According to Glassdoor, organizations that staff feel have a good onboarding process have up to 82% better employee retention than when that is not the case. This means onboarding contributes heavily to the harmony of your team - making it important to get it right. Here’s how you can do that.
Further reading: 7 key factors to consider when building a remote engineering team
Give the new hire some confidence
If you’re a video game player, you are probably used to the idea of a tutorial to bring new players into the game. In most games, there is a first level that gives someone new to the game a chance to practice the controls, and to get some early rewards before they get further into the game and it gets harder.
In some ways, you could consider onboarding as being like a good video game tutorial. You’re introducing someone new to your world, bringing them into a workflow in as gentle and understanding a way as possible. It may not be in preparation for a mission transporting dangerous cargo through an asteroid belt, but it’s still something you and your team care deeply about.
Think about how tutorials prepare players for every challenge, and consider how you can make your onboarding experience into your remote development team something that readies your new employee for what they might encounter, and builds up their confidence.
How can you do this? Given your new staff tasks on their first day which replicate those which they might face later on. Take real-world examples, and test their reactions to them. Maybe use real bugs or user problems, and go through the best approach to solving them. The result of a happy, confident new hire is a feelgood factor that spreads through your team.
Give them things to think about before they start
Most likely when you hire someone, either they have to serve out a one-month notice period where they were previously, or they have some things to prepare, such as accommodation or other administrative matters, before they join up with your team. Does this mean you can’t be in contact with them before they join? Not at all - there are lots of things you can accomplish in the meantime.
Bearing in mind that your new hire is not under contract until they step through the door of your office or log in on their first day, you can still send reading material over and advise them to take a look, or maybe arrange a call with the team and their new colleague. All of this helps to make the integration process so much less difficult for everyone on the first day.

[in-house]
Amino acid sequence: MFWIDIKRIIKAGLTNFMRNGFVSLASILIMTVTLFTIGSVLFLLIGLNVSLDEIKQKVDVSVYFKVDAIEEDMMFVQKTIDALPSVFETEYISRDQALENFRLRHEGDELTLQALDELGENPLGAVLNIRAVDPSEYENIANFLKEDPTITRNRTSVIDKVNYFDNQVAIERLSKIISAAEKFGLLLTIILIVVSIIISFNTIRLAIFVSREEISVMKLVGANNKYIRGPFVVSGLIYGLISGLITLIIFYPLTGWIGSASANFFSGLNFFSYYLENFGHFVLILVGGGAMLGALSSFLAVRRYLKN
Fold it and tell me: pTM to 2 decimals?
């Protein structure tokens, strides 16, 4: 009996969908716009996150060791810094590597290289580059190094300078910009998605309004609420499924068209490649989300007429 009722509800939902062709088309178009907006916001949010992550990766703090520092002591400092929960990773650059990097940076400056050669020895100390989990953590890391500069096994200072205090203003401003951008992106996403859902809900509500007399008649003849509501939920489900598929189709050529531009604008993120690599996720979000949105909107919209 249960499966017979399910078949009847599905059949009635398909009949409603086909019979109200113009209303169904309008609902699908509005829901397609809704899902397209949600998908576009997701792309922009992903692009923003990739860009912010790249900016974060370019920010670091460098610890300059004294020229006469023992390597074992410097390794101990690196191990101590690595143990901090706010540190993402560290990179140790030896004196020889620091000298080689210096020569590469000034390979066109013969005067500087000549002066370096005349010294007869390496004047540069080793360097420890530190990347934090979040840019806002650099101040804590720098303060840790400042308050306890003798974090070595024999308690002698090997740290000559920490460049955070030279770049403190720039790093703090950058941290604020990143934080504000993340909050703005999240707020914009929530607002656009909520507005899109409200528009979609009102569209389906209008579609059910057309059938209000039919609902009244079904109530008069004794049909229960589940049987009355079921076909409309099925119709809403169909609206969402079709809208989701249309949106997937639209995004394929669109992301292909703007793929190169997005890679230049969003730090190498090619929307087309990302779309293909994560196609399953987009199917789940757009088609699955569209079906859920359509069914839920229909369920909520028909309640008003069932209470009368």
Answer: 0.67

Roadmap with the new team member
You have a roadmap for your products, and for your team, but do you roadmap where individuals are, and where you want them to be? It’s a useful exercise to do when someone starts work with you, and you can do it in the first week of onboarding into your remote development team.
Not only does it get the new employee in the act of working out what progress they need to make in order to be aligned with the goals of their colleagues, it also gets you thinking about how their work influences the team.
While it’s likely you, and the new hire, probably will sit down within the first few days or weeks and agree KPIs, it doesn’t hurt to be even more proactive than that. The most effective performance review plans are based around having an eye on continuous improvement, rather than focusing on annual, or twice yearly, feedback. Roadmapping progress right from the start can help cultivate an all-year-round view of professional development.
Prepare a first-day video or presentation
At some companies, the new hire goes into the office, is given their laptop and their equipment, and then is left to log into their email and meet new colleagues. Is that the best way to start their time at your company?
There may be a better way of giving them a soft landing into your remote development team, while also providing them with the information through onboarding that they will need in order to be successful in their new role.
If you prepare a presentation, perhaps in the form of a video or an audio podcast that they can watch or listen to on their laptop, it’ll help to introduce them to certain company policies and practices in a way that is comfortable to them and the team, and which avoids the problem of the new hire not wanting to “ask any stupid questions” on their first day.
When making this presentation, think about questions you would have if it were your first day. If you’ve taken on an experienced hire, what do you think they would want to know in order to be up to speed and helping their team as quickly as possible? Are there any cultural traits specific to your company? Any rules and regulations everyone should follow? Maybe you want to encourage a particular way of working within the remote development team.
Sometimes showing, rather than always telling, is the way to get this across - and doing it in an online presentation is the perfect way to allow a new hire to integrate in a way that doesn’t make them feel they are standing out for the wrong reasons.
Don't think "these things don't apply to startups"
All companies, of all sizes, need to make time to onboard people in the best possible way. This is because, as we’ve mentioned, good onboarding leads directly to better staff retention. The more you can avoid staff turnover, the more you can ensure your team is a happy, stable one, and that your bottom line is unaffected by unnecessary changes and recruitment drives.
This is the case whether we are talking about a mature company or a startup - everyone needs help when they join a company, and everyone is important, regardless of the size of organization they have joined. Bear this in mind when putting together your onboarding strategy.
Onboarding is the first step in great teambuilding. Get it right, and you’ll thank yourself again and again in the best possible results.
Take your first step in building a remote development team, talk to the experts at Base B.